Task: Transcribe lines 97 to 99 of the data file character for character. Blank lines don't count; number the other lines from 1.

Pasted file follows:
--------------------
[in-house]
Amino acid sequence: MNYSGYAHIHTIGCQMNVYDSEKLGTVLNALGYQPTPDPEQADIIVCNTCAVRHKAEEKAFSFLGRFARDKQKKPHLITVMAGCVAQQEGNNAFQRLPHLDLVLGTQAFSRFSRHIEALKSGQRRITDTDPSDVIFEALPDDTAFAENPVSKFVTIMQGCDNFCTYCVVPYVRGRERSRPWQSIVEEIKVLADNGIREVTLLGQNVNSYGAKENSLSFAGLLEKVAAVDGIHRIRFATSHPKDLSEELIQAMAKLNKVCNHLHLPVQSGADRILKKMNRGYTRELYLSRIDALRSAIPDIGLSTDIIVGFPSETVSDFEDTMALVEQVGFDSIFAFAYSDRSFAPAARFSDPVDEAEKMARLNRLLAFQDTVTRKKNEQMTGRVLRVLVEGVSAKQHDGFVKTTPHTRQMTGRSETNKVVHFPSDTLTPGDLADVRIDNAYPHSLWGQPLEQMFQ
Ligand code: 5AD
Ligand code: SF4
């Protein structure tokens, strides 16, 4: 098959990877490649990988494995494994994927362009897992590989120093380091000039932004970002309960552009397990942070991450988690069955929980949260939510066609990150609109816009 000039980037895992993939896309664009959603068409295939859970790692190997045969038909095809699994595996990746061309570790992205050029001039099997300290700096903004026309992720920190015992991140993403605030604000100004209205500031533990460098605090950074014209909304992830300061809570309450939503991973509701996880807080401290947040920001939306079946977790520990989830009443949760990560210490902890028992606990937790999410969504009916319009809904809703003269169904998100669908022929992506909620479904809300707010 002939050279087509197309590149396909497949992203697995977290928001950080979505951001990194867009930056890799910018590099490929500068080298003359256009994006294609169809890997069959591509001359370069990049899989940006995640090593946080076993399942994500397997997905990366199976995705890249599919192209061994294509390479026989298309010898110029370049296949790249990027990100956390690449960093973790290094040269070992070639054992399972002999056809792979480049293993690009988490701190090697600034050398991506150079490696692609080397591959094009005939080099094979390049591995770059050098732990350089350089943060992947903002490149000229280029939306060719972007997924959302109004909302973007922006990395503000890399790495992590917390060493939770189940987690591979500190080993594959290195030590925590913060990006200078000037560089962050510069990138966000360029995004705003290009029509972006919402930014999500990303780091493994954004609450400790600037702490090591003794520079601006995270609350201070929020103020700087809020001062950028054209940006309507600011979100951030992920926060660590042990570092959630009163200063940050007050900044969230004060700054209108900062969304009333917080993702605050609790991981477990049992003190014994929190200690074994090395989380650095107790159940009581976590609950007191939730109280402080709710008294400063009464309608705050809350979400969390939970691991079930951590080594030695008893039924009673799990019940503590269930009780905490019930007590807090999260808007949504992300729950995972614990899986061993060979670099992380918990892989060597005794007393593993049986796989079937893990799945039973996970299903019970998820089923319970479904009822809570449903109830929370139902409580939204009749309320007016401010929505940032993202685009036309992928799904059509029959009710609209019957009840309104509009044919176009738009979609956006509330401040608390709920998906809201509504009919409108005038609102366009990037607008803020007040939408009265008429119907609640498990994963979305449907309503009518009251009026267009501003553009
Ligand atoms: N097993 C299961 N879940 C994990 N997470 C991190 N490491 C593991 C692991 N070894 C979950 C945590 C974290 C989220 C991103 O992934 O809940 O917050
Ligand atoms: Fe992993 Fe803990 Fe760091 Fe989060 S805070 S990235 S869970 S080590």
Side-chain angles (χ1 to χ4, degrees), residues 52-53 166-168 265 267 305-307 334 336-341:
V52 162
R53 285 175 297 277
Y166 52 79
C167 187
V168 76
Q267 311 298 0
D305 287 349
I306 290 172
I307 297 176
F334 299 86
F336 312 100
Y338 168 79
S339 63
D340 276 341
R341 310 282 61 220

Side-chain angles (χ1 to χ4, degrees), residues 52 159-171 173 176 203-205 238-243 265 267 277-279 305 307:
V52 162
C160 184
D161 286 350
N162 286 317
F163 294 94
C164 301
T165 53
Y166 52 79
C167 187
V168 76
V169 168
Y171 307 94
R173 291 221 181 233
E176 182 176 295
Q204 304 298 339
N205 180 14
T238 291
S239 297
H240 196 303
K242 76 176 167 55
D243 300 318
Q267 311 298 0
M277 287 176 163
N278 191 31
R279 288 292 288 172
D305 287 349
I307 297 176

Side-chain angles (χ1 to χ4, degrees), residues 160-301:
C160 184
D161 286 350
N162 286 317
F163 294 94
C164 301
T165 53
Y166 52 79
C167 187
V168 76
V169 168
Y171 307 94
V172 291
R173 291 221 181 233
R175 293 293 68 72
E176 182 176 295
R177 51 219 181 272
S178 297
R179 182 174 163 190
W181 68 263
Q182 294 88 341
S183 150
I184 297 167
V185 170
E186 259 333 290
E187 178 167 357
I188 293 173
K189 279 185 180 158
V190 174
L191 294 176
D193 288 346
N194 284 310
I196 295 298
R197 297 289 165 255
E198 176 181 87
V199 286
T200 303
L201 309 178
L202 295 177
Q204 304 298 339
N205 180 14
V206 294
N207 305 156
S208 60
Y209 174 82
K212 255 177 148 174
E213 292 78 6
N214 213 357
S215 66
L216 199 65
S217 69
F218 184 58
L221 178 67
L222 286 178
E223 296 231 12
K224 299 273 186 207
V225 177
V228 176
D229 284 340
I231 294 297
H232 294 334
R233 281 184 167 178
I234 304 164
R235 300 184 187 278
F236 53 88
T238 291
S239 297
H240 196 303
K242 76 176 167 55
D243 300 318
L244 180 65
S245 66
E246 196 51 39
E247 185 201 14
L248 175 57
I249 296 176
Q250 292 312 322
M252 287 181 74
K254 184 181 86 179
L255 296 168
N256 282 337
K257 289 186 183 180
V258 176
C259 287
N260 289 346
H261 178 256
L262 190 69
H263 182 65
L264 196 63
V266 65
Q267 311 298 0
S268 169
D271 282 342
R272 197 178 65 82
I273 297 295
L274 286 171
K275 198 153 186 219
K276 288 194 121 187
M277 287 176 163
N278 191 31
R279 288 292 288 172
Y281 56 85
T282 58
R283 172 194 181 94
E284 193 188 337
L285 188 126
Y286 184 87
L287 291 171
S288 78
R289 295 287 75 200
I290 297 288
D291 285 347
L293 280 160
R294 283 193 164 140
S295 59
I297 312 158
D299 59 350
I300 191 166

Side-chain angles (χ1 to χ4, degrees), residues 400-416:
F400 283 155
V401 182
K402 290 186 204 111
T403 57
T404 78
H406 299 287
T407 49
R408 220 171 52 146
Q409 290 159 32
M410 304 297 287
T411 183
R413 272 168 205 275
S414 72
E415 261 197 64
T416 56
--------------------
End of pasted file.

K212 255 177 148 174
E213 292 78 6
N214 213 357